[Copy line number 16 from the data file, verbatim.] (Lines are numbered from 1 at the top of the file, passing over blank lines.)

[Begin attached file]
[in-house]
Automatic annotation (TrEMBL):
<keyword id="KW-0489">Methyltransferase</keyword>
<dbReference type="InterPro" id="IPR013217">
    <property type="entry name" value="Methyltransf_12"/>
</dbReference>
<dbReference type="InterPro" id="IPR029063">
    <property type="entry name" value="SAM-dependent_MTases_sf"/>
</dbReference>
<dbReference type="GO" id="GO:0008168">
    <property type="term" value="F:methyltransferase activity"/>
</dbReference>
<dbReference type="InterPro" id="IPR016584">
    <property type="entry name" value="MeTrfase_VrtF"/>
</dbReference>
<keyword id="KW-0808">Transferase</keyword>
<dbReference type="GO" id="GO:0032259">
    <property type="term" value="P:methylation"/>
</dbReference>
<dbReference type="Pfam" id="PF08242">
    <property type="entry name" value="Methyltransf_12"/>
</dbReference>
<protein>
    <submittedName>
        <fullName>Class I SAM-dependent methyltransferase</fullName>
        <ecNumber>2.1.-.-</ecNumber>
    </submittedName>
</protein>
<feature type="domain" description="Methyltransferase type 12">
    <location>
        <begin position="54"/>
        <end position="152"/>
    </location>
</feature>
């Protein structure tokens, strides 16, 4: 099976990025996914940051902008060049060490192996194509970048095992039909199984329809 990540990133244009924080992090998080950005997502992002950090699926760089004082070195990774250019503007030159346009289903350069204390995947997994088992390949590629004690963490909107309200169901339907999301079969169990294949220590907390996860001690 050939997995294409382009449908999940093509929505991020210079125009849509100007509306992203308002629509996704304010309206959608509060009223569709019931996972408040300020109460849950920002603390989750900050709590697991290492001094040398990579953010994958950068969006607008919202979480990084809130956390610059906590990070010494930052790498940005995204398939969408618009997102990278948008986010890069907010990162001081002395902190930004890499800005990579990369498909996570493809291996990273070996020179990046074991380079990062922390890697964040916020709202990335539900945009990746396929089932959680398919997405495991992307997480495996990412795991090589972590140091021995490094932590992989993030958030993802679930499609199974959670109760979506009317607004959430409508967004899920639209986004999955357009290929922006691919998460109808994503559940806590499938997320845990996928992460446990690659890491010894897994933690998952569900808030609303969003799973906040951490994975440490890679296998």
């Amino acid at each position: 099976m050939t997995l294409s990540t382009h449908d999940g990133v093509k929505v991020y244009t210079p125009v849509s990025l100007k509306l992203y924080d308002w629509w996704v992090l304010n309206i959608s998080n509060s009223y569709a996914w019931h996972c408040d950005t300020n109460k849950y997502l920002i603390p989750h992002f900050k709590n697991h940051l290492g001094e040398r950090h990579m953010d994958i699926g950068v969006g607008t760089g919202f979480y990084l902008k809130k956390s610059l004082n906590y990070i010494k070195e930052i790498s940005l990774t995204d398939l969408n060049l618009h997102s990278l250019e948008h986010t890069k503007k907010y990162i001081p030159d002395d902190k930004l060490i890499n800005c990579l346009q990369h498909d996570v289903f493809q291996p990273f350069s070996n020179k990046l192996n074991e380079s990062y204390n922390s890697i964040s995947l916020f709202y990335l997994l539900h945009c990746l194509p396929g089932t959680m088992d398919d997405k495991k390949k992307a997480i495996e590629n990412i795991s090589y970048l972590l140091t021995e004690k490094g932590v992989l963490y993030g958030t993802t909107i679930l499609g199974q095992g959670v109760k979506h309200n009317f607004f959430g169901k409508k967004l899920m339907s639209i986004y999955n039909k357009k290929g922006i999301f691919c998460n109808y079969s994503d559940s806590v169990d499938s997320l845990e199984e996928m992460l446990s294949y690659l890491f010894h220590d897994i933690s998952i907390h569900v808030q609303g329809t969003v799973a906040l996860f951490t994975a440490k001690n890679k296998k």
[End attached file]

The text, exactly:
<keyword id="KW-0808">Transferase</keyword>